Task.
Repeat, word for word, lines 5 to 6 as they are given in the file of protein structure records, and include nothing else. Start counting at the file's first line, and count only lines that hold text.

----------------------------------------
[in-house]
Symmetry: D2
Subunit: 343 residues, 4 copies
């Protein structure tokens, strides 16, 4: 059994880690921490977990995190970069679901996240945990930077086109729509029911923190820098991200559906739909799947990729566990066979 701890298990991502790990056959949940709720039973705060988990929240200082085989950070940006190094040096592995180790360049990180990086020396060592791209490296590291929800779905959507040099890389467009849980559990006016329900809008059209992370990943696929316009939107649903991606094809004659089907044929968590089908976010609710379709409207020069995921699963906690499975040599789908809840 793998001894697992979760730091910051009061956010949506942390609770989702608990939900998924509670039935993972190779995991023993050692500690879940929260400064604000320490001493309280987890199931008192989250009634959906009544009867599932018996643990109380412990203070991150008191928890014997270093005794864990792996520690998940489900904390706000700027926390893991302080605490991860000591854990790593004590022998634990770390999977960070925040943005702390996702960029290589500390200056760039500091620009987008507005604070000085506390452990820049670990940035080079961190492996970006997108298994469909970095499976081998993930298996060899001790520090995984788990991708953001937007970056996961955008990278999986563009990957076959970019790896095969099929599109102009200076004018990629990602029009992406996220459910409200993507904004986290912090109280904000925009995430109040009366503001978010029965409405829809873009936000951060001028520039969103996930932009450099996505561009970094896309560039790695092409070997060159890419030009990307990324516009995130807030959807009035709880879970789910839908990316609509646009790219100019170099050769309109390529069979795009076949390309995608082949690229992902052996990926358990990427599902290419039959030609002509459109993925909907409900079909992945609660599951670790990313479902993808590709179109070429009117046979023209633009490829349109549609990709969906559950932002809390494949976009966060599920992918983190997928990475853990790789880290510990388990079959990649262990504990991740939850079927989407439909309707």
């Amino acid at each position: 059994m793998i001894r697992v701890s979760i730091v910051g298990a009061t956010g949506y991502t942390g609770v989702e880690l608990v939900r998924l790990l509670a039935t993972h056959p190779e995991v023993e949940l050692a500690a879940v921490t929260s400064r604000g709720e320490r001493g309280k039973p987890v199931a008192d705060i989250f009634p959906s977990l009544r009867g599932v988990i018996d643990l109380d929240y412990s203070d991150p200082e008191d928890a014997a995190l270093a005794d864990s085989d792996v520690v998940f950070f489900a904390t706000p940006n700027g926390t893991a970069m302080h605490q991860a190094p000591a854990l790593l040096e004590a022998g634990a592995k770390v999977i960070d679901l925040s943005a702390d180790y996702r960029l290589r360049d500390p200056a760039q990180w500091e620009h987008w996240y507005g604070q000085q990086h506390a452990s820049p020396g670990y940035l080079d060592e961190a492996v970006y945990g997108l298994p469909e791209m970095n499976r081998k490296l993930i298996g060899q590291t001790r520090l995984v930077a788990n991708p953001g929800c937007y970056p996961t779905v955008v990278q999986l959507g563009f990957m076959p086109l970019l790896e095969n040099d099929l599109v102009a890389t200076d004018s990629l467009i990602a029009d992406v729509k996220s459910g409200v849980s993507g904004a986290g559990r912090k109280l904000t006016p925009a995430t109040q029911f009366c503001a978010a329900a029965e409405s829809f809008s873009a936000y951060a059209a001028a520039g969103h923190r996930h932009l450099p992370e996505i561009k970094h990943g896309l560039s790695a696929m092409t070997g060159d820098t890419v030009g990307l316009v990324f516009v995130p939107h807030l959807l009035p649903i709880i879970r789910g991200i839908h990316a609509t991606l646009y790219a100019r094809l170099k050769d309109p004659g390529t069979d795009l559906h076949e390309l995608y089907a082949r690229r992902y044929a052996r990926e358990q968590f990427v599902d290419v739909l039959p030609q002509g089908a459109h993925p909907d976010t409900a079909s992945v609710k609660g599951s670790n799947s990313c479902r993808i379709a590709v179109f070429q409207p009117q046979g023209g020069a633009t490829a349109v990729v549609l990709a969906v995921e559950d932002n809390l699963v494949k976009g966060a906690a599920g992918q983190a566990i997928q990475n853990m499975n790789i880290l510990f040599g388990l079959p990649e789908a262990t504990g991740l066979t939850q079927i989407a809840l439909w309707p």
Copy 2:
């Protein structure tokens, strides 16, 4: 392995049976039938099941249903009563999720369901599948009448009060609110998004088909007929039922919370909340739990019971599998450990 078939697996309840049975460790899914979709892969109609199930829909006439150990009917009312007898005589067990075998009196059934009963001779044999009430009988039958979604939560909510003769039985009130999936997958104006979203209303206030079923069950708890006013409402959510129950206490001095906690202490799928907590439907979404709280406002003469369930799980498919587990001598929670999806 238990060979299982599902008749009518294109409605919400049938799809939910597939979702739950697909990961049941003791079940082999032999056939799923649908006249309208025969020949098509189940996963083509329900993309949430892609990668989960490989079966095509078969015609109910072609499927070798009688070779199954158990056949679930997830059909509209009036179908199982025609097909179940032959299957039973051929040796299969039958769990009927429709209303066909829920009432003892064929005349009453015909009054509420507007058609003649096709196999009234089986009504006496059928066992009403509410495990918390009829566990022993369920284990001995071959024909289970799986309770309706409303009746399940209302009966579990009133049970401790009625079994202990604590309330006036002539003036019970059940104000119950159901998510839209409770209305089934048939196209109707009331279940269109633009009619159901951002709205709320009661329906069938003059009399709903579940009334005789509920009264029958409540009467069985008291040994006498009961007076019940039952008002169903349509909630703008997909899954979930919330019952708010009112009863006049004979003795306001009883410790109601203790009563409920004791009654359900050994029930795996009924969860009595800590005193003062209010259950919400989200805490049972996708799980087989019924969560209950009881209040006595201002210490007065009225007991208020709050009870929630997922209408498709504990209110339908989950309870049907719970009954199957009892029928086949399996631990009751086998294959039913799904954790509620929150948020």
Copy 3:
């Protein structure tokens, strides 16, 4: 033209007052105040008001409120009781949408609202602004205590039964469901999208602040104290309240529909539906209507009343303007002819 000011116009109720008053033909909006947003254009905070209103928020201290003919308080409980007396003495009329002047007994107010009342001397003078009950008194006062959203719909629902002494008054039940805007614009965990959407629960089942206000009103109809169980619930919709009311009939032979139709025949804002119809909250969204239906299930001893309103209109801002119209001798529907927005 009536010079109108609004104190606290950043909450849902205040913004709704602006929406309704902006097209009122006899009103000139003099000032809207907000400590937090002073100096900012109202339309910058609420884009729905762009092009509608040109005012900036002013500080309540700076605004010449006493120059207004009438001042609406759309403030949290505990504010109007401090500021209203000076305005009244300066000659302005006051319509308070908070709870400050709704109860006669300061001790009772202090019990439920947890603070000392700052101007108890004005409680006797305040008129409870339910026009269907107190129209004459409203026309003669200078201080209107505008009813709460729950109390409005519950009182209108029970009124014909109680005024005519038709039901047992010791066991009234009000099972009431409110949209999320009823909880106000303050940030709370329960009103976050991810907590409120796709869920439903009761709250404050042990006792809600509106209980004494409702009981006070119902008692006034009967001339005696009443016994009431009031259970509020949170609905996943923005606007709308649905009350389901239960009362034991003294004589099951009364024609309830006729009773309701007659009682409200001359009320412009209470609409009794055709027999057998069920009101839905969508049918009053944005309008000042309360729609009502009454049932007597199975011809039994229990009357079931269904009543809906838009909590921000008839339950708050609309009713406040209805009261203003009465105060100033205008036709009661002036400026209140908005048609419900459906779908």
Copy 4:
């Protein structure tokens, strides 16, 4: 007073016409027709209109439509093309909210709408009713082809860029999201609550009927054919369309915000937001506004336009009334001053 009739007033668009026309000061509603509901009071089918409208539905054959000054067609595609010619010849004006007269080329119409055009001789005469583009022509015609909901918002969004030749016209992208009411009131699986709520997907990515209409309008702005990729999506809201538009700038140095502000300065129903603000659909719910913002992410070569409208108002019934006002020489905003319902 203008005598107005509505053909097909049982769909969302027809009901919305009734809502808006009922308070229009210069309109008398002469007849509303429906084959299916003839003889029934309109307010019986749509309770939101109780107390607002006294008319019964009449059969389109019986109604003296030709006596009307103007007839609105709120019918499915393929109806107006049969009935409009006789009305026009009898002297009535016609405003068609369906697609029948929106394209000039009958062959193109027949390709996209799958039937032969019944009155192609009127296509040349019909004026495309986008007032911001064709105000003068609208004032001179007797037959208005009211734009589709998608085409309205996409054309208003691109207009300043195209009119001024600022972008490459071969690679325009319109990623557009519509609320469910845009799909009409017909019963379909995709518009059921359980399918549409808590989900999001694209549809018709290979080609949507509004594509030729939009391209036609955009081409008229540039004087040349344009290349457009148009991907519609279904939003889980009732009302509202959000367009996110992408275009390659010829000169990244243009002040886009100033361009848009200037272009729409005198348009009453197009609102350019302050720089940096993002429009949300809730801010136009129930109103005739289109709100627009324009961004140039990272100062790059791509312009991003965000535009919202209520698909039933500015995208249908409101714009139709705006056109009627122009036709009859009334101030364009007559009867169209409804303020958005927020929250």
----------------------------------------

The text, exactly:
């Amino acid at each position: 059994m793998i001894r697992v701890s979760i730091v910051g298990a009061t956010g949506y991502t942390g609770v989702e880690l608990v939900r998924l790990l509670a039935t993972h056959p190779e995991v023993e949940l050692a500690a879940v921490t929260s400064r604000g709720e320490r001493g309280k039973p987890v199931a008192d705060i989250f009634p959906s977990l009544r009867g599932v988990i018996d643990l109380d929240y412990s203070d991150p200082e008191d928890a014997a995190l270093a005794d864990s085989d792996v520690v998940f950070f489900a904390t706000p940006n700027g926390t893991a970069m302080h605490q991860a190094p000591a854990l790593l040096e004590a022998g634990a592995k770390v999977i960070d679901l925040s943005a702390d180790y996702r960029l290589r360049d500390p200056a760039q990180w500091e620009h987008w996240y507005g604070q000085q990086h506390a452990s820049p020396g670990y940035l080079d060592e961190a492996v970006y945990g997108l298994p469909e791209m970095n499976r081998k490296l993930i298996g060899q590291t001790r520090l995984v930077a788990n991708p953001g929800c937007y970056p996961t779905v955008v990278q999986l959507g563009f990957m076959p086109l970019l790896e095969n040099d099929l599109v102009a890389t200076d004018s990629l467009i990602a029009d992406v729509k996220s459910g409200v849980s993507g904004a986290g559990r912090k109280l904000t006016p925009a995430t109040q029911f009366c503001a978010a329900a029965e409405s829809f809008s873009a936000y951060a059209a001028a520039g969103h923190r996930h932009l450099p992370e996505i561009k970094h990943g896309l560039s790695a696929m092409t070997g060159d820098t890419v030009g990307l316009v990324f516009v995130p939107h807030l959807l009035p649903i709880i879970r789910g991200i839908h990316a609509t991606l646009y790219a100019r094809l170099k050769d309109p004659g390529t069979d795009l559906h076949e390309l995608y089907a082949r690229r992902y044929a052996r990926e358990q968590f990427v599902d290419v739909l039959p030609q002509g089908a459109h993925p909907d976010t409900a079909s992945v609710k609660g599951s670790n799947s990313c479902r993808i379709a590709v179109f070429q409207p009117q046979g023209g020069a633009t490829a349109v990729v549609l990709a969906v995921e559950d932002n809390l699963v494949k976009g966060a906690a599920g992918q983190a566990i997928q990475n853990m499975n790789i880290l510990f040599g388990l079959p990649e789908a262990t504990g991740l066979t939850q079927i989407a809840l439909w309707p």
Copy 2: